Sad spring for Louisiana anglers

The prospect of an 11 day red snapper season does little to uplift anglers

Courtesy of

Courtesy of

It’s been cold in Louisiana. A mid-April, 36-degree morning is more welcoming for a duck hunt than searching for that hot redfish spot or finding a bed of giant bluegill for one of the real springtime pleasures, a Saturday afternoon fish fry in the backyard.

With a couple of exceptions, mostly in the Delacroix and Lake DeCade areas, folks are having trouble getting on what should be more and more speckled trout moving to the coast. The cold winter is a possible explanation for the delay in the usual mid-April move trout make from Louisiana’s interior marshes to the coastal bays, lakes and barrier islands.

But it’s Easter, and, this year especially, it’s time for us who live along the Gulf Coast to celebrate breaking from what’s been a long, cold and sometimes miserable winter.

We know we’re going to have to live with 90-plus degree afternoons soon and sweat as if we were walking between two camels in the Sahara Desert. We’ll soon contend with humidity high enough to feel you like we’ve entered a sauna when we step outside – and we’ll swat swarms of mosquitoes in the cooler hours, too.

But there’s more reason than those to explain all the long faces we’re seeing at the tackle shops and the marinas.

The impending doom of an 11-day recreational red snapper season in federal waters (which may soon become even shorter) is another reason for the downtrodden looks.

There are feelings of helplessness and hopelessness among Louisiana’s saltwater anglers. Anger, too.

They know they’ve lived within the rules federal managers have laid out for them during the last 20 years, and they know they’re seeing more and more red snapper off Louisiana’s coast than even the old timers remember.

They’re frustrated about offshore trips when they stop at an oil platform or a reef and all they can find are red snapper, and they’re further frustrated at other stops when red snapper strip hooks before mangrove snapper, amberjack (but only after July 1 when the season reopens), cobia or grouper can sample what fishermen are offering.

Added to all that is the negative picture of recreational anglers that commercial fishermen, the commercial’s champion in the Environmental Defense Fund, and more and more charterboat and headboat operators are painting by their actions, testimony and comments in public venues.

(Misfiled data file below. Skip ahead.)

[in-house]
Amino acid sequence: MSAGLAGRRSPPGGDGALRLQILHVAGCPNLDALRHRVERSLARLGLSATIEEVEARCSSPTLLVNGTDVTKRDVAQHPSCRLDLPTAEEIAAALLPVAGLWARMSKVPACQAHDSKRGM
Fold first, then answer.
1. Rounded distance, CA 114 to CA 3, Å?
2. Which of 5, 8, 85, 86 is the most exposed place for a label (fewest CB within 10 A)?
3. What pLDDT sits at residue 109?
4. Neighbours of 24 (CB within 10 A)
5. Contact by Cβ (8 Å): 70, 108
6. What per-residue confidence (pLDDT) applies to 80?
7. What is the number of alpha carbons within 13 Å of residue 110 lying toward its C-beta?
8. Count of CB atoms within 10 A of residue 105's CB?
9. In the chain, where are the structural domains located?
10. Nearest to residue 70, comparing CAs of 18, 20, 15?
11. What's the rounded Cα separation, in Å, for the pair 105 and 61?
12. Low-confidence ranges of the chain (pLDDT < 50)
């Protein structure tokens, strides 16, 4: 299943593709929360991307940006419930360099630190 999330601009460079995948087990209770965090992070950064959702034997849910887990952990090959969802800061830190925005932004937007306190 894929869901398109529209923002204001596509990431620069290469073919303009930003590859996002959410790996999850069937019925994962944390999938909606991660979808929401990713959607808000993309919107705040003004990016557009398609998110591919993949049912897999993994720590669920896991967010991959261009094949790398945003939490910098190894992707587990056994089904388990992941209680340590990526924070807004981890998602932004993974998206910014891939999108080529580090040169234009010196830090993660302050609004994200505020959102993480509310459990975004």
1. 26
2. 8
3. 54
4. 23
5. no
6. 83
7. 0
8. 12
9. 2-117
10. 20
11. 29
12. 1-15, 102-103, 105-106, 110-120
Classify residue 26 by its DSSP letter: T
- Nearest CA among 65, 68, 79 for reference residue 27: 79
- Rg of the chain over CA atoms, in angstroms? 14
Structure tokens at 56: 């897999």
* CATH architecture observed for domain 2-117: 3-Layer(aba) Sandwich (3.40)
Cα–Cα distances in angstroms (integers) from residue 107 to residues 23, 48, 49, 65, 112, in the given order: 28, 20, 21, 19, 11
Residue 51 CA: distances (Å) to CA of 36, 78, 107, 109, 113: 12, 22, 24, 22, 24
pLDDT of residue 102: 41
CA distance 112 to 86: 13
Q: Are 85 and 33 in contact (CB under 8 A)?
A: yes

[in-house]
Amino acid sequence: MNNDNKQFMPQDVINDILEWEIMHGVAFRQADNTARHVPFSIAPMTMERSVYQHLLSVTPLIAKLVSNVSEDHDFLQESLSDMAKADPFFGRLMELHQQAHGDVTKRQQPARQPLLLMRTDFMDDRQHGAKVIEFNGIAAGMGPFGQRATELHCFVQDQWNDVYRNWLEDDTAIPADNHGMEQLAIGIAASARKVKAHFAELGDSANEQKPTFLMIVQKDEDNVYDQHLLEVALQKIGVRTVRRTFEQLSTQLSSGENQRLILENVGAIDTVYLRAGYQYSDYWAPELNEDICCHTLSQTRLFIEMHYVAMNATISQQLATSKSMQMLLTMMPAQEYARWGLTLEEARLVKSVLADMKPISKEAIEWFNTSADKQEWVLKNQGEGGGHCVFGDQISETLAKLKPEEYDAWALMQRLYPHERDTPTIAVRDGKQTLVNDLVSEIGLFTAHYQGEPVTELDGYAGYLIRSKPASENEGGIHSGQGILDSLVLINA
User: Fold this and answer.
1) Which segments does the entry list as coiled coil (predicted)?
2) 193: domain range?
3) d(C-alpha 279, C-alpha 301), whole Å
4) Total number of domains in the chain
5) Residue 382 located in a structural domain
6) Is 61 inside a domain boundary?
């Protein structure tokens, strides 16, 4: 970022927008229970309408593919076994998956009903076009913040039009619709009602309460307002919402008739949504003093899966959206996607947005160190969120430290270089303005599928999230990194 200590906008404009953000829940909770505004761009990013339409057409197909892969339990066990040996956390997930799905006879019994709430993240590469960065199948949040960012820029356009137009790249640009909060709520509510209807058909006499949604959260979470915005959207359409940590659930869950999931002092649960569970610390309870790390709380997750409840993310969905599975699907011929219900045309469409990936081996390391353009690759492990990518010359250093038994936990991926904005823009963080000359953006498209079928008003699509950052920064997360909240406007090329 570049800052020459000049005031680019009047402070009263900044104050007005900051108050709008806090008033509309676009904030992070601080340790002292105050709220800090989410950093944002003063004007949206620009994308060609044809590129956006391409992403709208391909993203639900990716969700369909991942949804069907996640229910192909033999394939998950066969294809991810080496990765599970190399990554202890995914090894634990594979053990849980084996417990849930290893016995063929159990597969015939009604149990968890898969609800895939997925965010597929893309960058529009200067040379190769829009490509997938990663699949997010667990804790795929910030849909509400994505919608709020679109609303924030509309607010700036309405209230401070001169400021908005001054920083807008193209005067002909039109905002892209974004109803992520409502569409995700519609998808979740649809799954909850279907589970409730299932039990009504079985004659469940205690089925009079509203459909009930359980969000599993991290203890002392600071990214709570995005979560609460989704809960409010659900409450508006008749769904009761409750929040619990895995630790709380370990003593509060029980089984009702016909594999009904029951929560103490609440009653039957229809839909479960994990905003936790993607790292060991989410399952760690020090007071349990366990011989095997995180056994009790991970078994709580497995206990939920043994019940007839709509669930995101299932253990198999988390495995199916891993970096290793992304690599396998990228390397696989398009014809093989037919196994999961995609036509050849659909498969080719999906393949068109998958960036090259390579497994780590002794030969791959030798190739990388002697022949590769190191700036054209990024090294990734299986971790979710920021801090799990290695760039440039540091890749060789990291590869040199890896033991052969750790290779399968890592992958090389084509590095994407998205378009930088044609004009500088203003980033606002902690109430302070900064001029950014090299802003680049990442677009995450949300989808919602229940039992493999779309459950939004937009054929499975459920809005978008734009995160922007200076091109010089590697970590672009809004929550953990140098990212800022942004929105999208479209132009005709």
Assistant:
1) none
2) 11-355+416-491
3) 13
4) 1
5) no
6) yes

In no small way, the commercial operations reap the most direct benefit from the resurgence of the red snapper population. Yet they continue to demonize the recreational fishing sector before any audience, anytime, anywhere.

After what’s happened during the last three weeks, recreational fishermen believe they have nowhere to turn for help.

After months of listening to commercial fishing claims that the commercial sector alone is responsible for the continued increases in red snapper numbers, recreational fishermen wonder how they lost a handle on this story – and how it was the commercial fishing industry that put red snapper in the shape it is, especially after the commercial sector went unregulated for nearly 100 years before somebody referenced the history of red snapper fishing in the Gulf.

Today, Louisiana anglers read numbers showing the red snapper stock in the western Gulf of Mexico is as healthy as it’s ever been. Even Gulf-wide, federal fisheries managers are talking about a stock that is fully recovered far in advance of the 2032 timeframe federal managers declared recovery should take many years ago.

Louisiana anglers can put little stock in its state wildlife and fisheries department declaration, effective Monday, April 20, that they will have a year-round red snapper season in state waters. Big deal. Three miles into the Gulf holds little promise of finding red snapper to catch. And the Coast Guard stands ready to run down and ticket any recreational anglers who try to push fishing for snapper into the disputed area (between three and nine miles), which Louisiana claims are its rightful waters.

Louisiana anglers know the days in November through March hold the best chance of taking red snapper inside their state’s three-mile limit, but state biologists held off opening those months last year to reduce the impact of the recreational take for other states.

Now, with a year-round opening, they’re looking at the chance of no recreational red snapper season after the National Marine Fisheries Service reviews the LDWF’s reaction to the 11-day season in federal waters.

In Louisiana, Easter’s promise, the hope that follows winter’s passage, is as dim as it’s ever been. The fishermen just don’t know why it happened or, even worse, how to correct it.


Joe Macaluso has covered the outdoors in South Louisiana for more than 40 years and has served as the outdoors editor for The Advocate in Baton Rouge since the early 1990s. He is a long-time member of the Louisiana Outdoor Writer’s Association and is a past recipient of the association’s Arthur Van Pelt Award for lifetime achievement in conservation. He has also been honored for his coverage of college football and baseball before dedicating his career almost entirely to covering the outdoors.

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